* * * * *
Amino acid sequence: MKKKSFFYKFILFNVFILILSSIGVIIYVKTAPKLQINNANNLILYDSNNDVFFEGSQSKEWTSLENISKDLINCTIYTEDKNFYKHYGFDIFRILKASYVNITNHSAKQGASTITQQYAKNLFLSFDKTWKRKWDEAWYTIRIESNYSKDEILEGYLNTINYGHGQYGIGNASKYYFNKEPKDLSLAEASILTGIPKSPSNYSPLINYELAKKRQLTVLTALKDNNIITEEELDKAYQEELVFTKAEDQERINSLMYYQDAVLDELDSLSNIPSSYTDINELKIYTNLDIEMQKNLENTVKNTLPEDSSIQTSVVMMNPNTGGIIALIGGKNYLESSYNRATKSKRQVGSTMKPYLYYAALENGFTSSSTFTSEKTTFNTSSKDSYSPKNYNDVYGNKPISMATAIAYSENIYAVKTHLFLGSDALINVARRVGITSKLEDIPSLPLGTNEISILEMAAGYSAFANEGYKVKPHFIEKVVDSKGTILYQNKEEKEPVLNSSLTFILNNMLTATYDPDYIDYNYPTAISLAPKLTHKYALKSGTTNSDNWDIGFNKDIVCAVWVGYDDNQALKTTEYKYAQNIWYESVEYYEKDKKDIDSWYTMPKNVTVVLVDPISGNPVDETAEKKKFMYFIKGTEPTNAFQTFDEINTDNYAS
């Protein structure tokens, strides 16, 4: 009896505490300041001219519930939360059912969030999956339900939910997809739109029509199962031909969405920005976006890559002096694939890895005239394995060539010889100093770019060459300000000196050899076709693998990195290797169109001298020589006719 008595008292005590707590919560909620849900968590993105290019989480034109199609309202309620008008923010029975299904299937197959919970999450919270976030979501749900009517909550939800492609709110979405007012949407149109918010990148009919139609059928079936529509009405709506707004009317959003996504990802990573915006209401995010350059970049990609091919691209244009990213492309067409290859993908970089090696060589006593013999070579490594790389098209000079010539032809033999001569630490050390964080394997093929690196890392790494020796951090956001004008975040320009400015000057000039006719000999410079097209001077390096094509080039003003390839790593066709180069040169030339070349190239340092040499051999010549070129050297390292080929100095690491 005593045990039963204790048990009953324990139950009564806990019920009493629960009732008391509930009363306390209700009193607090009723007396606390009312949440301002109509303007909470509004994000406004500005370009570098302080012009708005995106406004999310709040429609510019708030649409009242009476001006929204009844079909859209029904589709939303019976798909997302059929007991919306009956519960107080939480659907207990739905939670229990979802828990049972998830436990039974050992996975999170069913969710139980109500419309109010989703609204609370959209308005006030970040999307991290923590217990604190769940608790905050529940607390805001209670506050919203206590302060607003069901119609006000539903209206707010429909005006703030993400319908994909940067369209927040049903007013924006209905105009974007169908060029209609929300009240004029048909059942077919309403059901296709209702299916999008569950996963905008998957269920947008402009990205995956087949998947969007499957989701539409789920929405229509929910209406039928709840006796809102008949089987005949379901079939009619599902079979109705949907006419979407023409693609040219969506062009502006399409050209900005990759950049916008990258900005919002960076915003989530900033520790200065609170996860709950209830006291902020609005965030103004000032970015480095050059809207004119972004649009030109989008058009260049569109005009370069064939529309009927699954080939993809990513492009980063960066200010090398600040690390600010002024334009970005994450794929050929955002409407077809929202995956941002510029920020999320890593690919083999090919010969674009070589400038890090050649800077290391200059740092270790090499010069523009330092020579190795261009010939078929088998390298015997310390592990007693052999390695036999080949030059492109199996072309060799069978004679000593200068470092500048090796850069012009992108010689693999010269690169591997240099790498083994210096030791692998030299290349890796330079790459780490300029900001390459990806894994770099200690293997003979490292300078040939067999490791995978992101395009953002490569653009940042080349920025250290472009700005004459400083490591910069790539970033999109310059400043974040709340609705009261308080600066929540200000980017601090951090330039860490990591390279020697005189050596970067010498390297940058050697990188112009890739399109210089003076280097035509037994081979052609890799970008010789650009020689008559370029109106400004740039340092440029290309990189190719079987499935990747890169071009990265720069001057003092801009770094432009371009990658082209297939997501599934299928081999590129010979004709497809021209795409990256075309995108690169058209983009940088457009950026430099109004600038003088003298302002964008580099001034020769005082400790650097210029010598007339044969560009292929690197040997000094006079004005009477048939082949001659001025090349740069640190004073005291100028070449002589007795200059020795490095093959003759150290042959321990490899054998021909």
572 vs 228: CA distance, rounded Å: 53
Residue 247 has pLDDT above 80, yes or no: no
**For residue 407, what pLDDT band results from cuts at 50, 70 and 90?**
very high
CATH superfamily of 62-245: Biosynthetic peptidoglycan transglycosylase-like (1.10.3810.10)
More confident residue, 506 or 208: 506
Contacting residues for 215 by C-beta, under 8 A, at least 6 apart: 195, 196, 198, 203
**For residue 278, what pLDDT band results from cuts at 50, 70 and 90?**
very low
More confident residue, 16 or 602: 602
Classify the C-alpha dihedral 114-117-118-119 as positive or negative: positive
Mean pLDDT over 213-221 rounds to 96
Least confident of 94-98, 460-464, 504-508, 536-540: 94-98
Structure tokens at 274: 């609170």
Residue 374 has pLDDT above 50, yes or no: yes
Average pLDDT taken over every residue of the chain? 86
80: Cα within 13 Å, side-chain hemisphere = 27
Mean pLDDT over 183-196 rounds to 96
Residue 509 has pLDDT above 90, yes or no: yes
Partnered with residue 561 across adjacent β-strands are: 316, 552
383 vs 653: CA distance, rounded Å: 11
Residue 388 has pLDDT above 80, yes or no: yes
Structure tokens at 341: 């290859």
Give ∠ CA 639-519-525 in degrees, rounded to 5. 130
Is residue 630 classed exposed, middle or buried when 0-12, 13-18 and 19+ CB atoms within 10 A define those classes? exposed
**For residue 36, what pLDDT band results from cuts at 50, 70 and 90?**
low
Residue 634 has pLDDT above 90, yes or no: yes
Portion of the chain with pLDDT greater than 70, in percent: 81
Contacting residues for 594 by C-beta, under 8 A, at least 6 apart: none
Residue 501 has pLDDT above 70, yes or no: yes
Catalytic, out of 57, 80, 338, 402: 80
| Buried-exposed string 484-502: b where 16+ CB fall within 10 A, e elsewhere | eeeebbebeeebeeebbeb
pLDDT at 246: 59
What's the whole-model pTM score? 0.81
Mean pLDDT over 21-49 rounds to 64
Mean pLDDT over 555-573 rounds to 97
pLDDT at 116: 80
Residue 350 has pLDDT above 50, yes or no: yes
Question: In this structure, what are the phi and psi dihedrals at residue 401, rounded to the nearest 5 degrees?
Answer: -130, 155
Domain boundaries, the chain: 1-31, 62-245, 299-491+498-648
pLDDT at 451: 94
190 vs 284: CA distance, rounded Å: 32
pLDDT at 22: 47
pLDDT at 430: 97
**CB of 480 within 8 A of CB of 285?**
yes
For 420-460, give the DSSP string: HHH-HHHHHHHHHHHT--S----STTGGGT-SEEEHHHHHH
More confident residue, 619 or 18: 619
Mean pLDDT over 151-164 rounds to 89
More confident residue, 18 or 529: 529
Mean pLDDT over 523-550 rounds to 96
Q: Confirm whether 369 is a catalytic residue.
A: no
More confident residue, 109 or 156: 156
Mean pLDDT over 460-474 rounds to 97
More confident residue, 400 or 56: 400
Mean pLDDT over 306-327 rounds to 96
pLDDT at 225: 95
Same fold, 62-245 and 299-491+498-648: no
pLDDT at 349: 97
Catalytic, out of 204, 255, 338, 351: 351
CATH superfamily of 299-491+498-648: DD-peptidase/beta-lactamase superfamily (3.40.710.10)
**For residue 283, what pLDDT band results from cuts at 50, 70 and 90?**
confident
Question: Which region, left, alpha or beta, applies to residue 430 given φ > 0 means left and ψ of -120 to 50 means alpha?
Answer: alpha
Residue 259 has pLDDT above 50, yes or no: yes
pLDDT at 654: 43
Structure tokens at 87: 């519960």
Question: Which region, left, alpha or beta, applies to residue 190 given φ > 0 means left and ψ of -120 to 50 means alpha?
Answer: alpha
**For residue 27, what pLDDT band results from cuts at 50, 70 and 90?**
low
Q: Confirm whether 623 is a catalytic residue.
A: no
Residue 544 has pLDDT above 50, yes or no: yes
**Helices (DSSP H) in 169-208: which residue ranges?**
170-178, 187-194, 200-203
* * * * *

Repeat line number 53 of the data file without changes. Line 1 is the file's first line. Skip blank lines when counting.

Mean pLDDT over 151-164 rounds to 89